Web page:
why new agents fail

By
Education & Training with Real Estate Expert Witness Support

After managing over 12 years in large offices,  I think I have a good feel for why agents fail,  especially new ones.

I am convinced that if you do something and do it well for long enough in real estate, you will prevail. It doesn't matter whether that is floor/up calls,  open house, knocking on doors,  farming, etc, etc.  if you do it well and creatively,  you will always win.  the problem is that most new agents start at the wrong offices.  Too often they are looking for bigger splits and wind up at a small office with a really nice broker,  who promises them training,  which really never shows up.  Often,  that broker,  although well meaning is still an active agent and actually competes with the new agents 

the true test is for the new agent to ask to see the planned training schedule for the upcoming month. If there is none,  then you are in the wrong place.  I don't know how many agents I have hired who wasted their first year at the wrong company and finally realized they were not getting what they needed.  Even the big companies is not necessarily the answer.  When I was at Coldwell Banker,  I had 2-3 different classes per week,  plus outside speakers with a published training schedule and a reminder email going out each week.  I also made sure the agent knew about all the classes at our association.  Other offices did not hold that many class because that was not the focus of that manager.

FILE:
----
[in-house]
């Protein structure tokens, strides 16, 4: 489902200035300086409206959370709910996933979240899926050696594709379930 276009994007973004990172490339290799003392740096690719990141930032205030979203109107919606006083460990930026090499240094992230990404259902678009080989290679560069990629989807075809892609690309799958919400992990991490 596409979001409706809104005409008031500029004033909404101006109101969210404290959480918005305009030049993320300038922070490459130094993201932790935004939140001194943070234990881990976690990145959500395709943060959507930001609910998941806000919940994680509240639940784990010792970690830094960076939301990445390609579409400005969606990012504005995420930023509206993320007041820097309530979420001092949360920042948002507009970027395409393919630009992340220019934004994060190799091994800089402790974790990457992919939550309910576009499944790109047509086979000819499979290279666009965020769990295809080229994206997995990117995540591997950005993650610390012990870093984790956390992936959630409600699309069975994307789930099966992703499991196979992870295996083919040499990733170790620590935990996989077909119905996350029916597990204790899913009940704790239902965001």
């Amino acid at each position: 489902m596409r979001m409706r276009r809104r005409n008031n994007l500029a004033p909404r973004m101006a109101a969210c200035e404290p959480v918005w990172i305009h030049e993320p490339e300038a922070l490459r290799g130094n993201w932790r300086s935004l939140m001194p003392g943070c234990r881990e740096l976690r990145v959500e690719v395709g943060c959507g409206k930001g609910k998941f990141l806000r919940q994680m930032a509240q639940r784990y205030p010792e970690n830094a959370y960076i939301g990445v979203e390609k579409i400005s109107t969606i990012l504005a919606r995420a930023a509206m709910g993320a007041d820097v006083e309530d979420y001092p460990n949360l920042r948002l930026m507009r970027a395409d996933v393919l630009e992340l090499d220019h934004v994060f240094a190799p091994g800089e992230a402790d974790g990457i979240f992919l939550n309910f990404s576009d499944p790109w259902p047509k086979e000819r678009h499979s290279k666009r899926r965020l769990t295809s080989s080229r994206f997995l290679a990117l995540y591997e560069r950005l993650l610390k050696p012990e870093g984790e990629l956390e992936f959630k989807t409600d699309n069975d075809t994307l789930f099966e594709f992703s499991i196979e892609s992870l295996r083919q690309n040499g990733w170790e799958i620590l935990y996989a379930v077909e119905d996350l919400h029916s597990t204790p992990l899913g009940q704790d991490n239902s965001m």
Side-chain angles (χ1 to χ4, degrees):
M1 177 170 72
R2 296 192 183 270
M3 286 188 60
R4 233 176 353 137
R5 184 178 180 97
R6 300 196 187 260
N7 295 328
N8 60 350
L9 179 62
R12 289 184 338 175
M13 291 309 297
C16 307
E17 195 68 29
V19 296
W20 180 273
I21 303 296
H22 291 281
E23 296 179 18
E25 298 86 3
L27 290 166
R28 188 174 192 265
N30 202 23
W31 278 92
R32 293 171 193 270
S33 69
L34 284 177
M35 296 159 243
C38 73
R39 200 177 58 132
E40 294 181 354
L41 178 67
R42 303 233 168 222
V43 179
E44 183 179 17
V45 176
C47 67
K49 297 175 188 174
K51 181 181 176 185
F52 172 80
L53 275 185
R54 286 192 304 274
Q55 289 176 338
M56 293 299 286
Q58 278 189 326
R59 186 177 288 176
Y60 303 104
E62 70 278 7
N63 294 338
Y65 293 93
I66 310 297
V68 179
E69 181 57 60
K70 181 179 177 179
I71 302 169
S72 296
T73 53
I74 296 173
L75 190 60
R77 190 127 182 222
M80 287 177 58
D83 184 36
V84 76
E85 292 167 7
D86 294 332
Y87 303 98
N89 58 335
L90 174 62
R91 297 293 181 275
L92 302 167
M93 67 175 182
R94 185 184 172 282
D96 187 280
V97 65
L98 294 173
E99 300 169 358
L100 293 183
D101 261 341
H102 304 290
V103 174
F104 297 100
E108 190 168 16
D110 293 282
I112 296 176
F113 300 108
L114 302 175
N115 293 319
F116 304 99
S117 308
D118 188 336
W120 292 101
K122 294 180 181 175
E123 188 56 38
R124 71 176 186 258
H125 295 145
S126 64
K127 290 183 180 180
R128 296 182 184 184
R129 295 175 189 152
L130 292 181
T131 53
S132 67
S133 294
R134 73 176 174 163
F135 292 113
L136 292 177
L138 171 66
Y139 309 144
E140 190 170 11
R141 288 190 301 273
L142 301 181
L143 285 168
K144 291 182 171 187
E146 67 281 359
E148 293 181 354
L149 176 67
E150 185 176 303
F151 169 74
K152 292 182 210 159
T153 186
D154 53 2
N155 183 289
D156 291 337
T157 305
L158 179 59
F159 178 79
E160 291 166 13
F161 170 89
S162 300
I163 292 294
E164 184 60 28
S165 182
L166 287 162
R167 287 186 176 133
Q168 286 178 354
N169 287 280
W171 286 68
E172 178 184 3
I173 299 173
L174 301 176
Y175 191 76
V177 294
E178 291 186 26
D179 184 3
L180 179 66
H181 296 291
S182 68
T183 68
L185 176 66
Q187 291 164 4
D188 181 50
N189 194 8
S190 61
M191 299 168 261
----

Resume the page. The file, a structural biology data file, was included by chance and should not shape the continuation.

So,  the most important thing that needs to be done is to have someone in their new office helping them to put together a plan which should include 3 hours or more per day prospecting or praciing scripts .  That will change later but a new agent has nothing else to do,  so why not prospect.  That can include putting together farms,  listing presentations, etc, etc.  Then,  someone has to meet with them several times per week to see how they are doing.  This is where teams can really help and take some pressure off the manager. If an agent is unwilling to do this for their first 90 days, they shouldn't be hired.   Too often I think that agents are recruited by managers who are not telling them the truth about the work.  they also aren't honest about how long it will take to make your first deal or the fact that you should dedicate dollars to this new business you are starting.

Now I feel better.

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Guy Berry

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Comments (1)

Anonymous
Chad

I couldn't agree more. I started out with Keller-Williams and we had a great training instructor there. She has since left and moved to another broker and I have moved to that broker as well. Having someone that is creative and always there to help push along is key!!

Apr 16, 2009 12:15 AM
#1